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Gaspée Affair

GASPÉE AFFAIR. 9 June 1772. The armed revenue schooner Gaspée, stationed in Narragansett Bay, Rhode Island, to support the customs commissioners, was attacked and burned on the night of 9 June 1772 after having run aground on what is now called Gaspée Point, seven miles below Providence, while chasing another vessel. Despite a £500 reward offered for information, the British were never able to uncover sufficient evidence to try the culprits. The sixty-four attackers had been organized by John Brown and led by Abraham Whipple.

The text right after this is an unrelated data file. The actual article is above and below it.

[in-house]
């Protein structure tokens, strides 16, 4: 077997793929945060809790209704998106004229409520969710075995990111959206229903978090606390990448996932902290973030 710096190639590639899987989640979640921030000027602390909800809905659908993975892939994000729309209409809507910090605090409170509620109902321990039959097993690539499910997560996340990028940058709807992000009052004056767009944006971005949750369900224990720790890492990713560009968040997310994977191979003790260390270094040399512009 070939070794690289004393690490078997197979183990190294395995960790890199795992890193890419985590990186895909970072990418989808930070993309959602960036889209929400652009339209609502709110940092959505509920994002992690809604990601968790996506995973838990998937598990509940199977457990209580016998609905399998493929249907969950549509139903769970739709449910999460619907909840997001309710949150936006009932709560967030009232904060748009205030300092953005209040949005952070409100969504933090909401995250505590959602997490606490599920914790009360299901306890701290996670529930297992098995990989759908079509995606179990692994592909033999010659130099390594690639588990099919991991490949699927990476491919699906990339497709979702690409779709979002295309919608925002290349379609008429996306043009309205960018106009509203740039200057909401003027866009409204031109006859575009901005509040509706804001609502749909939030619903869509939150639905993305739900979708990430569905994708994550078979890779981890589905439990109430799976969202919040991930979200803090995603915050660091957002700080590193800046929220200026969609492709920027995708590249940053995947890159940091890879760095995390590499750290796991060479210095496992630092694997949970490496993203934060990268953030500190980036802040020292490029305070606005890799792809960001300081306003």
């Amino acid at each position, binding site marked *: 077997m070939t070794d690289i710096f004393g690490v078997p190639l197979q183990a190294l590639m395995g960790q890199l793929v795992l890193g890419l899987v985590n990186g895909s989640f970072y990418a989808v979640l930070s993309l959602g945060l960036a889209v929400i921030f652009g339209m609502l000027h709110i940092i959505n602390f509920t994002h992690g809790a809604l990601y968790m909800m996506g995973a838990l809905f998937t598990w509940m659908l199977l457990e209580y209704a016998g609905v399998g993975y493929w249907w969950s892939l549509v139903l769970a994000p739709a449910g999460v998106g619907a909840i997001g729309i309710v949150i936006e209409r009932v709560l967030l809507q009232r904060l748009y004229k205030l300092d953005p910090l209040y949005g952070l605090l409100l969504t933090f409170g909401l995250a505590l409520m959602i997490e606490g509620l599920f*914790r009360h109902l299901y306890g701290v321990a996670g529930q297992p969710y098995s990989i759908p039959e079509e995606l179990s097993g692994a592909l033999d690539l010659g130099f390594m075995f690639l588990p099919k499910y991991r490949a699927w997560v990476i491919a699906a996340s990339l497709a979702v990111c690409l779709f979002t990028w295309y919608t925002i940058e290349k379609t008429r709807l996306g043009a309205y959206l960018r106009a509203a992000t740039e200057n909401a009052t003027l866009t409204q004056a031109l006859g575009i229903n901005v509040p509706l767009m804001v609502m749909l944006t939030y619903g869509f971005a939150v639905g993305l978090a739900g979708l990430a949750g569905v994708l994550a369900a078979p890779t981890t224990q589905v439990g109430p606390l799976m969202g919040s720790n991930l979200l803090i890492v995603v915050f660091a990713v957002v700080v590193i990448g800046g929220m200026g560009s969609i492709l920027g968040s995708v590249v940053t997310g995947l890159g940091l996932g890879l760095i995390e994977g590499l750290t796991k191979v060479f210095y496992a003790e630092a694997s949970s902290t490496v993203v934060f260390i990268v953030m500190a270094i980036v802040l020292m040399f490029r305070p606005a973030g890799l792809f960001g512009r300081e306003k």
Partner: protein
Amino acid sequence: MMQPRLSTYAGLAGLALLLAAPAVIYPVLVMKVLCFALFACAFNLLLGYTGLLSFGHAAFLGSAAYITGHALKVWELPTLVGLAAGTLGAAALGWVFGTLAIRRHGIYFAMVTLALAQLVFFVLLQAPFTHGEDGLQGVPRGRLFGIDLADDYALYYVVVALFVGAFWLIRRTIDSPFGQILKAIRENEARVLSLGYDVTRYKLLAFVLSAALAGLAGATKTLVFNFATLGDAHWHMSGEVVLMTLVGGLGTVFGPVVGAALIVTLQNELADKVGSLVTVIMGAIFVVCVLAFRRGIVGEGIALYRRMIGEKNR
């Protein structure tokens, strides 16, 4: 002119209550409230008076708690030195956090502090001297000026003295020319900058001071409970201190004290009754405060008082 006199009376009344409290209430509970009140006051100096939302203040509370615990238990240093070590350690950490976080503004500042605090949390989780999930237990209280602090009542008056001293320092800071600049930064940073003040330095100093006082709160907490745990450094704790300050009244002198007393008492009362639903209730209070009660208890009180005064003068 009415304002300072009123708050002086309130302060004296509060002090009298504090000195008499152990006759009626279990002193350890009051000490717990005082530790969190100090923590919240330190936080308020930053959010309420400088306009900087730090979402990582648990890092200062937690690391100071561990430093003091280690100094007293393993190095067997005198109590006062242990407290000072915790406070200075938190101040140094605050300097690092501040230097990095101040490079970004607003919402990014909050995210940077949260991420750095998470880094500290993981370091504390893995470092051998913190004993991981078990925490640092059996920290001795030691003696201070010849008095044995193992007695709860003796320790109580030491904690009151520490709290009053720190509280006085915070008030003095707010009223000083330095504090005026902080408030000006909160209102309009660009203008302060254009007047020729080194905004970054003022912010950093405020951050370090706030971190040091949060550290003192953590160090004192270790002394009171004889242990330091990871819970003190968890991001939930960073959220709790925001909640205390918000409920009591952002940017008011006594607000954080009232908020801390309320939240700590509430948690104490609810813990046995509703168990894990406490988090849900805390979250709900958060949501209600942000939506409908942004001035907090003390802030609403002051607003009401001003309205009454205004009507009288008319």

Another British vessel named the Gaspée was an armed brigantine. Isaac Coffin served aboard her, under Lieutenant William Hunter, in 1773. An ensign and twelve marines of her complement took part in the unsuccessful defense of St. Johns, Quebec, in September-November 1775, and became prisoners there. The ship was seized by the Americans after the fall of Montreal on 13 November.

SEE ALSO Coffin, Isaac; Customs Commissioners; Montreal (13 November 1775); St. Johns, Canada (5 September-2 November 1775).

                         revised by Harold E. Selesky

Gaspée Affair

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